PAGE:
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Lawan Chanhome, Visith Sitprija and Narongsak Chaiyabutr

Abstract

Background: Many studies have reported the occurrence of lethal acute renal failure after snakebites. Bungarus candidus (Malayan krait) is a medically important venomous snake distributed widely throughout Southeast Asia. The best known features of systemic envenoming by B. candidus are neurotoxic. Objective: Obtain more information on effects of B. candidus venom on changes in systemic and renal hemodynamics in experimental animals. Methods: Twelve adult male New Zealand white rabbits were used to study the effect of B. candidus venom on general circulation and renal hemodynamics. An anesthetized animal was intravenously injected with B. candidus venom at a dosage of 50μg/kg bodyweight. All changes of parameters were observed after initial post venom injection and recorded at 30 min intervals until 150 minutes after envenomation. Results: After envenomation, cardiovascular responses showed a marked decrease in mean arterial pressure within two minutes, afterwards gradually returning closely to baseline values. There were stepwise decreases in heart rate and cardiac output, while total peripheral resistance was slightly increased. The renal hemodynamics significantly decreased by glomerular filtration rate, effective renal plasma flow and effective renal blood flow, while the filtration fraction significantly increased. Envenomed animals showed a reduction in renal fraction, while renal vascular resistance stepwise increased. The plasma potassium level tended to increase. Animals showed stepwise decreases in urinary excretion of Na+, K+ and Cl-. A marked decrease in plasma calcium level was apparent at 120 minutes, while plasma creatine phosphokinase and lactate dehydrogenase levels increased at 30-120 minutes. Conclusion: A significant drop in blood pressure was attributed to a sustained fall in cardiac output, which would be associated with a reduction in heart rate. Sustained hypotension would contribute to reduction of renal blood flow, which results in decreased GFR.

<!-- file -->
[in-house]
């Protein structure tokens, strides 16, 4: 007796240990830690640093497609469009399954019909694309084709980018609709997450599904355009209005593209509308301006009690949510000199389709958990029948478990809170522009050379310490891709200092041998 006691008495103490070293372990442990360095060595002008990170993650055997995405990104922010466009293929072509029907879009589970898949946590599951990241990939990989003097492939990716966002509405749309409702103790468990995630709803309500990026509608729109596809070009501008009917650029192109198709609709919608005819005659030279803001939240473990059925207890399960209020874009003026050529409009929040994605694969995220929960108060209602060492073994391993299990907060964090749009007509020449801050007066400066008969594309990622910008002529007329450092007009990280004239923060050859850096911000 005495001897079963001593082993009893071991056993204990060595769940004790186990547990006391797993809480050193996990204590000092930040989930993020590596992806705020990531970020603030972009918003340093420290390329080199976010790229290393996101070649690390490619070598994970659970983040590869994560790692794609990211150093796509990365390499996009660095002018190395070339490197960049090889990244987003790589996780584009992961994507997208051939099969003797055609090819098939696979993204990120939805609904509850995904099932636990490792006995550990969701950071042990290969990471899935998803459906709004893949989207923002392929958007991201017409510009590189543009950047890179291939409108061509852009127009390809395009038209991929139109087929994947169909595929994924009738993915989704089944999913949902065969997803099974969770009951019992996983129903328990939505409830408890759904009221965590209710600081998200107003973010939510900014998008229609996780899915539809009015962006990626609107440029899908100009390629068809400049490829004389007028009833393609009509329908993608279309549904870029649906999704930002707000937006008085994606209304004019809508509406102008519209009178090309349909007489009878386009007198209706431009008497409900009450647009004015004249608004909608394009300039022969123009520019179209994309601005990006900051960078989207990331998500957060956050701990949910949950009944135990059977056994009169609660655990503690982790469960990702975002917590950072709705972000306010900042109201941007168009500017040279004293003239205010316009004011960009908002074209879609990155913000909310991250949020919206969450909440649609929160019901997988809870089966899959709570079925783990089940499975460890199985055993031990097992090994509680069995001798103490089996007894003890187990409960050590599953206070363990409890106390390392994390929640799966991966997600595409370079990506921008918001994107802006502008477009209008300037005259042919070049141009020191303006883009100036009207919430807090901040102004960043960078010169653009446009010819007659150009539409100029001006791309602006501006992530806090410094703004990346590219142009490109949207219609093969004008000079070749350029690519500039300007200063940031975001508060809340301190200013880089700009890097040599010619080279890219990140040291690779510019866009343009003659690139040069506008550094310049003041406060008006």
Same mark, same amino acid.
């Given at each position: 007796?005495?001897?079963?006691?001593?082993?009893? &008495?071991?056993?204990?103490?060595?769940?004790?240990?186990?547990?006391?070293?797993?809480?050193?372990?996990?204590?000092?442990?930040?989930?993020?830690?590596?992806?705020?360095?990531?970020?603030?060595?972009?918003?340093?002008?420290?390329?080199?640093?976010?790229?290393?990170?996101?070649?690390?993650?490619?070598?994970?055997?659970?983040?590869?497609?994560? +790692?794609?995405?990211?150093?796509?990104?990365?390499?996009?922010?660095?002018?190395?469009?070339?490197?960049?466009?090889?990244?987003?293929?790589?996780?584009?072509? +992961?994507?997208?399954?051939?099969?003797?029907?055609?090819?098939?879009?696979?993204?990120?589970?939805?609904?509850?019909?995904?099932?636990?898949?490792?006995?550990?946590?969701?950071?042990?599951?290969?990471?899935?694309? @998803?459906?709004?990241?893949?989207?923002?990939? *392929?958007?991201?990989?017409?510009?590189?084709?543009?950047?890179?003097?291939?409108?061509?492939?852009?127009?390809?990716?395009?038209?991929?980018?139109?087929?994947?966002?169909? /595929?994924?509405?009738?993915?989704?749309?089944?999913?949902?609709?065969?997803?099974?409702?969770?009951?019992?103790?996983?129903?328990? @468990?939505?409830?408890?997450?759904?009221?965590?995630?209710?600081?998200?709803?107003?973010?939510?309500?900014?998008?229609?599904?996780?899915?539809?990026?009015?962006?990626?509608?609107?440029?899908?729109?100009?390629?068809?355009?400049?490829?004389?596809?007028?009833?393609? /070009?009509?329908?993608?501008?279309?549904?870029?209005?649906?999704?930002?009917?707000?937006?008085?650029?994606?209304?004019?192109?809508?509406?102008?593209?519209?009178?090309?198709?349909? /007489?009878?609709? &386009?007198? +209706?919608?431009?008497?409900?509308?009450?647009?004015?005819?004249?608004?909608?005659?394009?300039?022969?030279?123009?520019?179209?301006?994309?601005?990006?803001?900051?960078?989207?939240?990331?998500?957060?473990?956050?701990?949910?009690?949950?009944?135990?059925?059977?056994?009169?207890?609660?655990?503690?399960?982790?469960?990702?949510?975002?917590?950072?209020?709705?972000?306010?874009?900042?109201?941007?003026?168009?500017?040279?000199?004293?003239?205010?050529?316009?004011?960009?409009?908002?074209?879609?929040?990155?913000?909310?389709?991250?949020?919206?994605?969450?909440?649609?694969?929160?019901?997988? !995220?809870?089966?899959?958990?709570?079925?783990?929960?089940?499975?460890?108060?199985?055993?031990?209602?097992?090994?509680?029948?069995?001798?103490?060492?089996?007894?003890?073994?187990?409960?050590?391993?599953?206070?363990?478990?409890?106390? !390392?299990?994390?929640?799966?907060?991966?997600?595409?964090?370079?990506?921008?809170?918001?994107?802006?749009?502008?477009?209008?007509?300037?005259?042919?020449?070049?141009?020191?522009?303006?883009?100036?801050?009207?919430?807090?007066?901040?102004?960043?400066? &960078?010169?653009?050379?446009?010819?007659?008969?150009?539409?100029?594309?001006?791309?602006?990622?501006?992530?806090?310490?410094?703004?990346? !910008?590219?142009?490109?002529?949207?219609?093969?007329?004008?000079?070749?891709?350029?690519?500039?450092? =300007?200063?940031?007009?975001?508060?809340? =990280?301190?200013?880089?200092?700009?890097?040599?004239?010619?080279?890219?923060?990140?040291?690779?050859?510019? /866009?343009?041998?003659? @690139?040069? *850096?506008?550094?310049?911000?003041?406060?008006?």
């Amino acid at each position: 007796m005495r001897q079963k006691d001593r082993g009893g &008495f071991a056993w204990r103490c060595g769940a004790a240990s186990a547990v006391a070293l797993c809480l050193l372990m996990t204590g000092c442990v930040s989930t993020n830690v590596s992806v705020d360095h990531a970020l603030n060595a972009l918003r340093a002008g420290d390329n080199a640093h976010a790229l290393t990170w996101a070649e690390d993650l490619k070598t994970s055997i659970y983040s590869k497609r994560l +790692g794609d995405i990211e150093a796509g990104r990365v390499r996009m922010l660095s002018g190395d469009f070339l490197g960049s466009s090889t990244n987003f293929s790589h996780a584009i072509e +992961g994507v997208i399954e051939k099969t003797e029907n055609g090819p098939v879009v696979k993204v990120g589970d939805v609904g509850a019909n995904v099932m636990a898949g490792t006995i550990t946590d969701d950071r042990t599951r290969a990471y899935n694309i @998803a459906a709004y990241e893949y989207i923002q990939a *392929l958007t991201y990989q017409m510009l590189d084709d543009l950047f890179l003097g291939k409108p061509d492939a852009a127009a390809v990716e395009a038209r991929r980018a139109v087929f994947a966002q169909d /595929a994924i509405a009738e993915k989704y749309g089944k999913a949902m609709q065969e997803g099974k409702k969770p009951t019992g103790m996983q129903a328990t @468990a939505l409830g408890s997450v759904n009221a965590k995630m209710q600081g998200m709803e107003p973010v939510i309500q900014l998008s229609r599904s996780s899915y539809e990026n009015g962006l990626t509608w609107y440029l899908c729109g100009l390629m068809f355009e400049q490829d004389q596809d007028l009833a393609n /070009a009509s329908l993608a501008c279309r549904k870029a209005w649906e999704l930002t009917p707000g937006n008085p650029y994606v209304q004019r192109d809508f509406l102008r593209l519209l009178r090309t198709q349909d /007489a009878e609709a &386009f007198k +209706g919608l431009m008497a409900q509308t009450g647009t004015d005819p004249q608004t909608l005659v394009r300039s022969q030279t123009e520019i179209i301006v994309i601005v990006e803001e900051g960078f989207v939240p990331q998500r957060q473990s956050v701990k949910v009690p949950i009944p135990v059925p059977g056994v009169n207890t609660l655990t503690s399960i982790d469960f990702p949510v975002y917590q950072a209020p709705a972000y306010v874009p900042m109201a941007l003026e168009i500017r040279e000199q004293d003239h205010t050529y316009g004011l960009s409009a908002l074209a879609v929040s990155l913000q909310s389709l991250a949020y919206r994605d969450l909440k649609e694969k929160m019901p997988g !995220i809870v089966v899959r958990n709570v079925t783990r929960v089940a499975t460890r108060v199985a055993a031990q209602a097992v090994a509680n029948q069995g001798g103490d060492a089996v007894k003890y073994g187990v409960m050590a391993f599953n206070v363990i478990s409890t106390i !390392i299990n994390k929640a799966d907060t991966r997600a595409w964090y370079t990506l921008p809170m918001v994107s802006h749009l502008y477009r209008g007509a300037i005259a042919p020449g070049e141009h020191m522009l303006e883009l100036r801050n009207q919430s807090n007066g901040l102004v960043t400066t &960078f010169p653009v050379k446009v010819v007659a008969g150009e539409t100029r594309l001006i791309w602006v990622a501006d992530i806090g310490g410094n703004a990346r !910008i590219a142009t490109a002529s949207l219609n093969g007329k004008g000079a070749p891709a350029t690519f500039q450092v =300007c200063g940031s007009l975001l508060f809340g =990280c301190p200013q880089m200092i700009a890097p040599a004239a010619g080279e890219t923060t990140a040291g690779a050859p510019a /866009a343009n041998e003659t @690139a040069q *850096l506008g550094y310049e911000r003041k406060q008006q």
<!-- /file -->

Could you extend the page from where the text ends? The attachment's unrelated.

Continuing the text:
Open access

Narongsak Chaiyabutr, Taksa Vasaruchapong, Lawan Chanhome, Anudep Rungsipipat and Visith Sitprija

Abstract

Background: The common complication in cases of poisoning by Russell’s viper (Daboia siamensis) venom (RVV) is acute renal failure, but the pathogenesis involved in the alteration of kidney function is still not well understood.

Objective: To clarify the role of RVV in the pathogenesis of renal damage, the present study examines the functional short-term alterations acutely induced by RVV in isolated perfused rabbit kidney.

Methods: Effects of RVV on renal tubular handling of sodium including mean perfusion pressure (PP), the renalvascular resistance (RVR), the glomerular filtration rate (GFR), the urinary flow (V) and osmolar clearance (Cosm) were studied in two groups of isolated perfused rabbit kidneys; each group had four isolated rabbit kidneys. RVV was added to the perfusion system to obtain the final concentration of 10 ⃞g/ml.

Results: Immediate decreases in PP and RVR caused by the venom were significantly apparent (p < 0.05) in the first 15 min after RVV administration. A gradual rise in both PP and RVR occurred 15 min after the initial reduction of the first phase, but its remained below pretreatment values. The GFR, V, and Cosm decreased significantly throughout experiments after venom perfusion (p < 0.05). The total fractional sodium excretion increased significantly after venom perfusion throughout experiments, while significant reductions (p < 0.05) of renal tubular handling of sodium were apparent for proximal absolute reabsorption of sodium and proximal fractional reabsorption of sodium including marked reductions of distal absolute reabsorption of sodium and distal fractional reabsorption of sodium of the venom treated kidney. Optical microscopy of treated kidney tissue showed acute tubular necrosis at the end of experiment.

Conclusion: The present study suggests that an administration of RVV in the isolated rabbit kidney causes direct acute nephrotoxicity and acute alterations of main functional parameters that are probably mediated by either the direct action of venom components or an indirect effect from vasoactive mediators released from renal cells of the RVV-treated kidney.

Open access

Lawan Chanhome, Merel Jack Cox, Taksa Vasaruchapong, Narongsak Chaiyabutr and Visith Sitprija

Abstract

Background: Envenoming by snakebite is an important public health problem in rural tropics. Venomous snake families such as Elapidae and Viperidae frequently produce severe poisoning. Anti-venoms are not available for all venomous snakes of Thailand and there is need for more development in this field.

Objective: We characterized the important venomous snakes’ distribution of Thailand.

Method:Venomous snake species are described in details including their identification, range, and extraterritorial distribution.

Result: Eighteen snake species of the family Elapidae are summarized in their characteristics and distribution. There are three species of Naja, one species of Ophiophagus, three species of Bungarus, four species of Calliophis, one species of Sinomicrurus, two species of Laticauda, and four species of subfamily Hydrophiinae. Fifteen snake species of the family Viperidae consisting of one species of subfamily Viperinae and fourteen species of subfamily Crotalinae are also discussed.

Conclusion: All these snakes are venomous and their venom is potentially fatal since birth.